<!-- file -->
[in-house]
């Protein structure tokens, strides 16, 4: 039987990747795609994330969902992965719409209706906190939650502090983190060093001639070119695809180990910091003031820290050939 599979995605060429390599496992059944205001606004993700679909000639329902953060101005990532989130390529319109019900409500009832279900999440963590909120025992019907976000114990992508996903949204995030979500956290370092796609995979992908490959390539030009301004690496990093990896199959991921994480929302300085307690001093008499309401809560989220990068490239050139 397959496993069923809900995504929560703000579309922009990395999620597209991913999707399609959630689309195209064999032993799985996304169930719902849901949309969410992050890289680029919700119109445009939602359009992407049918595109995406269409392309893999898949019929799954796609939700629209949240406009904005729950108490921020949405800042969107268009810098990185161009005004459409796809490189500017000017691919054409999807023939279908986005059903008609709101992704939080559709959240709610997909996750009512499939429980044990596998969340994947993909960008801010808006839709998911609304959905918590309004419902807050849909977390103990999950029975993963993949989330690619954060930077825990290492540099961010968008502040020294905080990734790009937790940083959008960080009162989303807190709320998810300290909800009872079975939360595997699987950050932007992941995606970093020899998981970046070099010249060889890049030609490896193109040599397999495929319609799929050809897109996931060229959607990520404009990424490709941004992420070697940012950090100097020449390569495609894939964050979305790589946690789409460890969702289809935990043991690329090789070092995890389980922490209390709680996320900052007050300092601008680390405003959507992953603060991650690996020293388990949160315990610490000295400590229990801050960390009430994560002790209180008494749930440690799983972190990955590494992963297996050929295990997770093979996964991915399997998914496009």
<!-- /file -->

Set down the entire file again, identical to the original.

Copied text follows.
[in-house]
């Protein structure tokens, strides 16, 4: 039987990747795609994330969902992965719409209706906190939650502090983190060093001639070119695809180990910091003031820290050939 599979995605060429390599496992059944205001606004993700679909000639329902953060101005990532989130390529319109019900409500009832279900999440963590909120025992019907976000114990992508996903949204995030979500956290370092796609995979992908490959390539030009301004690496990093990896199959991921994480929302300085307690001093008499309401809560989220990068490239050139 397959496993069923809900995504929560703000579309922009990395999620597209991913999707399609959630689309195209064999032993799985996304169930719902849901949309969410992050890289680029919700119109445009939602359009992407049918595109995406269409392309893999898949019929799954796609939700629209949240406009904005729950108490921020949405800042969107268009810098990185161009005004459409796809490189500017000017691919054409999807023939279908986005059903008609709101992704939080559709959240709610997909996750009512499939429980044990596998969340994947993909960008801010808006839709998911609304959905918590309004419902807050849909977390103990999950029975993963993949989330690619954060930077825990290492540099961010968008502040020294905080990734790009937790940083959008960080009162989303807190709320998810300290909800009872079975939360595997699987950050932007992941995606970093020899998981970046070099010249060889890049030609490896193109040599397999495929319609799929050809897109996931060229959607990520404009990424490709941004992420070697940012950090100097020449390569495609894939964050979305790589946690789409460890969702289809935990043991690329090789070092995890389980922490209390709680996320900052007050300092601008680390405003959507992953603060991650690996020293388990949160315990610490000295400590229990801050960390009430994560002790209180008494749930440690799983972190990955590494992963297996050929295990997770093979996964991915399997998914496009």